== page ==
Outcome -- Jones via technical knockout in round three: I'd like to think Henderson could find a way to stay off the cage and find his range en route to dropping an H-bomb on Jones' face, but I just can't see it. Greg Jackson wouldn't let his mega-meal ticket get his face caved in and Jones follows direction too well go against his corner's wishes and circle straight into his opponent's power hand like a certain someone whose soul is still floating around the Mandalay Bay Events Center. Much like the previously mentioned fight against Rua, Jones would systematically break Henderson down and sap his energy for a couple rounds before finishing him off.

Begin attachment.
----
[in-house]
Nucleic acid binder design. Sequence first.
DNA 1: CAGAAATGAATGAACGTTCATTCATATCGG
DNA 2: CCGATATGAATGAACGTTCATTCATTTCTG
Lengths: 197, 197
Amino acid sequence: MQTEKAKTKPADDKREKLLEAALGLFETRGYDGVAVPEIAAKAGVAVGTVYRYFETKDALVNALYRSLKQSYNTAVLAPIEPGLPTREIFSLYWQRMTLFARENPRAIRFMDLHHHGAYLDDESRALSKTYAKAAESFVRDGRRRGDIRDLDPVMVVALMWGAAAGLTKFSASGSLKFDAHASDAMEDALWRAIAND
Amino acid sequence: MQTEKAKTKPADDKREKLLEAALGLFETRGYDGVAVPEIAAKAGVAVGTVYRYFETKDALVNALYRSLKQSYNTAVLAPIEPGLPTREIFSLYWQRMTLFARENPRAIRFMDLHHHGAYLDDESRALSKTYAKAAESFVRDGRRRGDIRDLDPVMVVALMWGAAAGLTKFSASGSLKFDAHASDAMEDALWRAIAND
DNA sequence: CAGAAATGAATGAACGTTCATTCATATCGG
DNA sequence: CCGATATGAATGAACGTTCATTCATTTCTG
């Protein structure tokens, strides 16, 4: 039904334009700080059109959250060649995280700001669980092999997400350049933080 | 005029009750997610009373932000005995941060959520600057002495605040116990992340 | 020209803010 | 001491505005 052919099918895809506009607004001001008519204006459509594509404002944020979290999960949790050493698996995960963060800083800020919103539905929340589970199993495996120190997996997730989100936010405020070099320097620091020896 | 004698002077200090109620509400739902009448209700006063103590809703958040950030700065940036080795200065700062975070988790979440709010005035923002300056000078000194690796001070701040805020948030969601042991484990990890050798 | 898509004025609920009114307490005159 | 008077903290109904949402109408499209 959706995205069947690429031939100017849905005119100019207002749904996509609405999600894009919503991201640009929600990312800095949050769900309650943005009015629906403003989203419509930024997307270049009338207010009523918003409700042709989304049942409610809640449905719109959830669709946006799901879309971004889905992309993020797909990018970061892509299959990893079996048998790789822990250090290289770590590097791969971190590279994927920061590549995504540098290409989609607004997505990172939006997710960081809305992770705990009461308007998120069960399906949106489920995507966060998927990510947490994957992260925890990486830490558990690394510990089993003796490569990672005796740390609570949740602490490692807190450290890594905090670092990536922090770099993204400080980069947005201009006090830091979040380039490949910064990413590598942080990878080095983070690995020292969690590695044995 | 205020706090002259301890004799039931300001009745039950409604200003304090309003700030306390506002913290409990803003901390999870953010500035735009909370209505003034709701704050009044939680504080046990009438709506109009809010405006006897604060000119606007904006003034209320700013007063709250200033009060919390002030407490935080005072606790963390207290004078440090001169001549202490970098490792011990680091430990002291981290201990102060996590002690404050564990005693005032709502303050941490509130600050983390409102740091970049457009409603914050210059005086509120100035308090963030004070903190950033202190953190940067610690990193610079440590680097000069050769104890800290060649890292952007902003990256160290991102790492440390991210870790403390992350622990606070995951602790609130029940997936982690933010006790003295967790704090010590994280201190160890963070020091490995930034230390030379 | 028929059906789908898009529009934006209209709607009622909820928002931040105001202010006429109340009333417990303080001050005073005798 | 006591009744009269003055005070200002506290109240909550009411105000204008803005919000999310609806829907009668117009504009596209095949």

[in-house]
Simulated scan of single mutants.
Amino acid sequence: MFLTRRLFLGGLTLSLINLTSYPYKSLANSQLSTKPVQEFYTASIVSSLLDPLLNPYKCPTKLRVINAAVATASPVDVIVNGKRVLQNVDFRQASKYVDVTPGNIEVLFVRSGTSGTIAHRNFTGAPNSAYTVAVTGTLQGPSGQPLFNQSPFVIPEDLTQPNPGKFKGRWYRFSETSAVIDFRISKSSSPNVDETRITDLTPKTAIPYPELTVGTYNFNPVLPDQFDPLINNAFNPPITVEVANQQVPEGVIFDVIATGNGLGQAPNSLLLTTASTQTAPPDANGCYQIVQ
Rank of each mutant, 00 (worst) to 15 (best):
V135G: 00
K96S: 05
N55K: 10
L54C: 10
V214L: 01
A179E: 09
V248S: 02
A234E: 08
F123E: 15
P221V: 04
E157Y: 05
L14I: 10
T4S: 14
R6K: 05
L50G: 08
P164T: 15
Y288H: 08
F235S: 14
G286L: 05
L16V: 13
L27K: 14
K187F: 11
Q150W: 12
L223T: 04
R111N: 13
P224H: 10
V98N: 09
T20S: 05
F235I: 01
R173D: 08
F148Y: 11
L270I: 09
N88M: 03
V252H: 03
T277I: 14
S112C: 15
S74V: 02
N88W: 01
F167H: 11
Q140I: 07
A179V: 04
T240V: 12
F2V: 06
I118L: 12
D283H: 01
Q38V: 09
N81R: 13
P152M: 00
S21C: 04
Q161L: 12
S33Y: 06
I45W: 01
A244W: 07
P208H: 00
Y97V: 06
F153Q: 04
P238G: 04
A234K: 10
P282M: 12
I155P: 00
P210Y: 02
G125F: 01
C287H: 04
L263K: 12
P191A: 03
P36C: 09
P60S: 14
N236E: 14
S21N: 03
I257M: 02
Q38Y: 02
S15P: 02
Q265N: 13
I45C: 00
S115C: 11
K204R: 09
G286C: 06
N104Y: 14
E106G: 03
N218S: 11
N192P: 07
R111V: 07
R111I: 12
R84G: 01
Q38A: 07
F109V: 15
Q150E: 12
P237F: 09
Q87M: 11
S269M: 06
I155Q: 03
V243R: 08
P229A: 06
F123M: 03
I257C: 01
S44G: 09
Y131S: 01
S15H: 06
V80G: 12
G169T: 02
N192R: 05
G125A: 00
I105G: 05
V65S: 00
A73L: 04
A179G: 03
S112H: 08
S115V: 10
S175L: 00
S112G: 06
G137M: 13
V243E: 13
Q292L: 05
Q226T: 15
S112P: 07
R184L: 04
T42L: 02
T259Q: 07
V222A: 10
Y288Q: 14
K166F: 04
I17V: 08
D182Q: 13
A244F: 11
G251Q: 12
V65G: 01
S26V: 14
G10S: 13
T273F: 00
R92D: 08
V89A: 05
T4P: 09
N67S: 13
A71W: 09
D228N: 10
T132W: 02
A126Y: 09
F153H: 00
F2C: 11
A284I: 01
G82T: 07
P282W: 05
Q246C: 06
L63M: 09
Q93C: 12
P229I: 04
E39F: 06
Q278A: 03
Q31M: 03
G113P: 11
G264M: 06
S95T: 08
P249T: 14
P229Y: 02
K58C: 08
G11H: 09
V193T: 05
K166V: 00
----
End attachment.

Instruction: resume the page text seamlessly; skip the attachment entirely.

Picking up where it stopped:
Competitiveness -- 5: You know what the greatest threat to a "Spider" is? Another spider. When the rolling gets tough and food is scarce, they have no problem turning against one another in search of pray. That's kind of how I picture this fight. Silva has all but run out of credible challengers and, no different than Georges St. Pierre, he needs to either look outside his weight class or outside his promotion. Sure, he's fighting Yushin Okami at UFC 134 but guess what? SPOILER ALERT -- he's going to win ... easily ... again. It's long been believed a dominant wrestler would be necessary to dethrone Silva, but I'm not so sure. I mean, yeah, it would help to possess those skills but what about a jiu-jitsu player who is hyper aggressive in search of the submission but is also serviceable on his feet and is a better overall grappler than Silva? Sounds like a guy built to knock the king off his throne, no? Well, that's "Jacare" Souza. So why was this fight given a 5 on the highly technical competitiveness scale? Because Anderson has too much in common with DJ Khaled. Silva is to the camel spider as Souza is to the scorpion (cool vid, kind of graphic, though).